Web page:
A “Special Communication” by HealthNewsReview.org publisher Gary Schwitzer published in the Journal of the American Medical Association reports that most news media present very biased stories on health care topics. A 38-person HealthNewsReview.org team of both physicians and journalists reviewed 1889 health news stories, published or broadcast between 2006 and 2013, and rated most “unsatisfactory” on 5 of 10 review criteria, including costs, benefits, harms, quality of the evidence, and comparison of the new approach with alternatives. “Drugs, medical devices, and other interventions were usually portrayed positively,” writes Schwitzer. “Potential harms were minimized, and costs were ignored.” Conflicts of interest also often weren’t disclosed.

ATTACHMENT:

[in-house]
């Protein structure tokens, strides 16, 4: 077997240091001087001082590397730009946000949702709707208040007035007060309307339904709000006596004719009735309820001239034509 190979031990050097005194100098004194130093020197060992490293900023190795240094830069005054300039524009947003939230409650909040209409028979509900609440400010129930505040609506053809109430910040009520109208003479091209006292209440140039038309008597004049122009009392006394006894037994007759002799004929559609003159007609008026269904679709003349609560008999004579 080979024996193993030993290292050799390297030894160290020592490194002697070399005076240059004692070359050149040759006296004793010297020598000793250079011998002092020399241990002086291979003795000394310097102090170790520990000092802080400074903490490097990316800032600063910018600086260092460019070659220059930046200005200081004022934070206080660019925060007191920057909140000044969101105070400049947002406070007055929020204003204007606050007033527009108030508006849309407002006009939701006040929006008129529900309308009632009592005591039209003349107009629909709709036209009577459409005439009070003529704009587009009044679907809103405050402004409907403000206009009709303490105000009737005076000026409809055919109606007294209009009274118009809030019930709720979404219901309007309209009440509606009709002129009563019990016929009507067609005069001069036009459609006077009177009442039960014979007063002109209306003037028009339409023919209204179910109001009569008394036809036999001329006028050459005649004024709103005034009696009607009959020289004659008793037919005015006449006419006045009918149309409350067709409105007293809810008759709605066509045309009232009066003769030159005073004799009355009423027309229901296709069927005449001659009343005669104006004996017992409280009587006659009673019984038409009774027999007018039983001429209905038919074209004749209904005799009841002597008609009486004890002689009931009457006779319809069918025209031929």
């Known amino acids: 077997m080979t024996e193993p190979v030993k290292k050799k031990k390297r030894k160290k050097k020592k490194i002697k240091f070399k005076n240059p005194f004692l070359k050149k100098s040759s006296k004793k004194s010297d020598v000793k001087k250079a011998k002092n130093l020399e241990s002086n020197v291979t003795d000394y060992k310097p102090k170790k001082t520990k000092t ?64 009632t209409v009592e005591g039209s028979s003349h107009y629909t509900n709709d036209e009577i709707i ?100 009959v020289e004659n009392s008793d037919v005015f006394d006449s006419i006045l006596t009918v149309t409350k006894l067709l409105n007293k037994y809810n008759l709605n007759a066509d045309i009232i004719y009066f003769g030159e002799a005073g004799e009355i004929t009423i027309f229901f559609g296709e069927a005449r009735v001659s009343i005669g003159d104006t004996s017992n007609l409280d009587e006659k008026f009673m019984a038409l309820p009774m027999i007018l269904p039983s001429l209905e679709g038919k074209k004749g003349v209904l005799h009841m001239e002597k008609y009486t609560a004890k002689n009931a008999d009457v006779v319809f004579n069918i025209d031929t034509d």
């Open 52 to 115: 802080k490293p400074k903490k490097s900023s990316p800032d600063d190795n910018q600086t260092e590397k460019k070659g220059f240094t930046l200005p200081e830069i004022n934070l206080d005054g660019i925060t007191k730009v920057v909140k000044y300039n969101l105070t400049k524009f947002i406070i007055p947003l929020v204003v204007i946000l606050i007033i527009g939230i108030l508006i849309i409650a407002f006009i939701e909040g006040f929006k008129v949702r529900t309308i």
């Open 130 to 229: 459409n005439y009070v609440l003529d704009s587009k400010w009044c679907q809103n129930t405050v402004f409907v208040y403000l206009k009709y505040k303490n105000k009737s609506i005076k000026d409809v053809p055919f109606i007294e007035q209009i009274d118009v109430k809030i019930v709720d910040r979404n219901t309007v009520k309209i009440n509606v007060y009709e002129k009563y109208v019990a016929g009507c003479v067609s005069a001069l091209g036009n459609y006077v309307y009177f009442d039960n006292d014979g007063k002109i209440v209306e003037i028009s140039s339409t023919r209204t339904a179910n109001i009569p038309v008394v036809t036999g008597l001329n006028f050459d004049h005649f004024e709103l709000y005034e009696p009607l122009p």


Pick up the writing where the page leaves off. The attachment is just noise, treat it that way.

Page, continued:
Other findings of the review included:
- Stories about screening tests often emphasize or exaggerate potential benefits while minimizing or ignoring potential harms.
- Stories may include positive patient anecdotes but omit trial dropouts, adherence problems, patient dissatisfaction, or treatment alternatives.
- Half of all stories reviewed relied on a single source or failed to disclose the conflicts of interest of sources.
A Guide to Reading Health Care News Stories (Schwitzer, Gary. JAMA Intern Med. 2014;174(7):1183-1186. doi:10.1001/jamainternmed.2014.1359.)